Resilience. It’s one of the secrets to survival, both professionally and personally. It is what has gotten you to where you are, and it’s what will help define who you will become.
Looking back at some of the toughest situations you’ve endured, you may have felt there was no other choice. It was a natural instinct. And while it’s true that resilience can come innately, it’s also a learned skill. How can we lead a more resilient life, and lead a more resilient team, in the year to come?
A Core of Confidence
Everyone has an inner critic. Although comparison can create competition and competition can fuel achievement, it is a balancing act. While constructive criticism can deter certain behaviors in the short-term, positive reinforcement is generally better for shaping new and lasting behavior. It’s also at the core of creating confidence.
Confidence increases productivity and causes you to choose more challenging tasks, which make you stand out amongst your peers. You naturally create a more cohesive workplace environment; confident people celebrate the accomplishments of others as opposed to insecure individuals who try to steal the spotlight. Speaking first and often (a sign of high self-esteem) makes others perceive you as a leader. In fact, over-confident people are more likely to be promoted than those who have actually accomplished more.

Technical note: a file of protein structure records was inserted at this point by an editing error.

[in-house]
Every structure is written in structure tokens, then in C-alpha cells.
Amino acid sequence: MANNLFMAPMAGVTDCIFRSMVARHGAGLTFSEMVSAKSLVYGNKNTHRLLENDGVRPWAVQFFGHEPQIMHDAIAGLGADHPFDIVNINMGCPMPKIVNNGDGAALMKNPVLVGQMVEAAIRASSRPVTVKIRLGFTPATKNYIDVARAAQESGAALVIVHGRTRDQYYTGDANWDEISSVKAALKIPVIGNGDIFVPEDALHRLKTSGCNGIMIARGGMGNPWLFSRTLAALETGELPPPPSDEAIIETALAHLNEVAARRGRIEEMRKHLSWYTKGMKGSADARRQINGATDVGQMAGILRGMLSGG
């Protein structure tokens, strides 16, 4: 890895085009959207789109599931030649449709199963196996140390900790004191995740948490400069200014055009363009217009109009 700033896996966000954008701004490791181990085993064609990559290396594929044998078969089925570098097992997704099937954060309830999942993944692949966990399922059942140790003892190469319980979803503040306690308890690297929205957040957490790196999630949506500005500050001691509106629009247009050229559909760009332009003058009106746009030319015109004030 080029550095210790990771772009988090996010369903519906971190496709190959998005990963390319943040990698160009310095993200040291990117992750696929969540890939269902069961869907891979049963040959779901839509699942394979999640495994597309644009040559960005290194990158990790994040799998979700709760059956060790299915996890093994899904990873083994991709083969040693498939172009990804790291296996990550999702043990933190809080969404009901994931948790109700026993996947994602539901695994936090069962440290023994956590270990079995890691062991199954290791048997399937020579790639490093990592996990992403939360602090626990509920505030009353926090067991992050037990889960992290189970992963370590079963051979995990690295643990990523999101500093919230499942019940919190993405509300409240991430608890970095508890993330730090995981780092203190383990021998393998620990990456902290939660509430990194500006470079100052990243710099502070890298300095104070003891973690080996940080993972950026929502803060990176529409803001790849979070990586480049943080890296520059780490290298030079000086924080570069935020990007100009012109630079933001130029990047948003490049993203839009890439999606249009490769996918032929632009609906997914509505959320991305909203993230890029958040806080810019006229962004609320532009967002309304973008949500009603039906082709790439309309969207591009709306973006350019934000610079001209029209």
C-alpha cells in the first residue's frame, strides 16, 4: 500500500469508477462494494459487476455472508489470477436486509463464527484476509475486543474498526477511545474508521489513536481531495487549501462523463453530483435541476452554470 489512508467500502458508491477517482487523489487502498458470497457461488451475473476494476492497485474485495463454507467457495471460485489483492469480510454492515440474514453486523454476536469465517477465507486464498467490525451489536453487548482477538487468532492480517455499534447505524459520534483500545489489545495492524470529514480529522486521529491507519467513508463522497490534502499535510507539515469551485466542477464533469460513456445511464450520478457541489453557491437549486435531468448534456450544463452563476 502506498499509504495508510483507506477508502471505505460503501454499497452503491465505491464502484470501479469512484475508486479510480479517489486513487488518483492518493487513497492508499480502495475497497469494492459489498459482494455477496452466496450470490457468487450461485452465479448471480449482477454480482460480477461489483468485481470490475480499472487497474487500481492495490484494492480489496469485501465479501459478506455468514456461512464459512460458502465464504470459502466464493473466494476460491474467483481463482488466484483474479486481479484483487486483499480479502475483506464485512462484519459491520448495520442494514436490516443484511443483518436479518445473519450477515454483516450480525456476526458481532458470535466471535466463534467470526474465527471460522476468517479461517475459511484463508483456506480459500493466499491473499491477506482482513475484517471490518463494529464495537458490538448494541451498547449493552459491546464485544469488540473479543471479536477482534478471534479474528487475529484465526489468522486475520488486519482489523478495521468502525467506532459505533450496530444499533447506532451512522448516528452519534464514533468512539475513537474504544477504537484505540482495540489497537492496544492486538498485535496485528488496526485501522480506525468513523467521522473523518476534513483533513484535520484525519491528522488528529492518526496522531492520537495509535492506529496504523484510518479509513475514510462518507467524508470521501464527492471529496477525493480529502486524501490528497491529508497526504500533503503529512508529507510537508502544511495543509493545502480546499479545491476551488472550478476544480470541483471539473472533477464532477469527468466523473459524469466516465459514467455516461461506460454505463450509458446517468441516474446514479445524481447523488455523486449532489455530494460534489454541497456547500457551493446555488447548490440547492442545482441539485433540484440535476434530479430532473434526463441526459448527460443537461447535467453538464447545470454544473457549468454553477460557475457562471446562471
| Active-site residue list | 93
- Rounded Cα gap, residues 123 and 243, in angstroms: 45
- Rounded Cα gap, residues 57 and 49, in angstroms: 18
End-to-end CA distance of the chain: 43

A Fondness for Failure
Consider failures as beginnings, rather than endings. You have probably learned more from failures than any other source of wisdom. Teach yourself, and your team, to focus on the data and facts. Embrace failure’s value as a teacher, get curious about the information it provides, and be open to where it leads you next.
Failure is either redirecting or reaffirming. If failure caused you to take a different path, it’s because you saw it heading towards a dead-end. If failure caused you to get back up and keep going, it reaffirms you are committed to a goal and it’s worth fighting for.
The Power of Purpose
We have the freedom to choose our actions, our profession, our financial needs, and the path of our life. Each day is not about what we have to do. It’s about what we get to do. Strength can come from the recognition that there is a bigger purpose, a desire to make a difference, and a need to have a higher meaning behind the choices we make.
The Steps for Success
Teach the importance of:
• Taking a deep breath.
• Then taking another.
• Then focusing on the next thing that needs to be done in order to keep going.
If you wake up suffocated by the list of things that need to get accomplished today, start with getting up and brushing your teeth. When you feel anxiety over an important deadline, make a list of things that need to be done and do just one of them. Don’t focus on the big things; start with the littlest and decide where to go from there. Take an action, any action. Manufacture your own momentum.
Have an appreciation for your history. What are some of the toughest things you have experienced? How did you get through them? You probably already know quite a bit about being resilient, just haven’t stopped to admire it. Remember: you’ve got this. The person who has gotten you through the toughest parts of your life? You.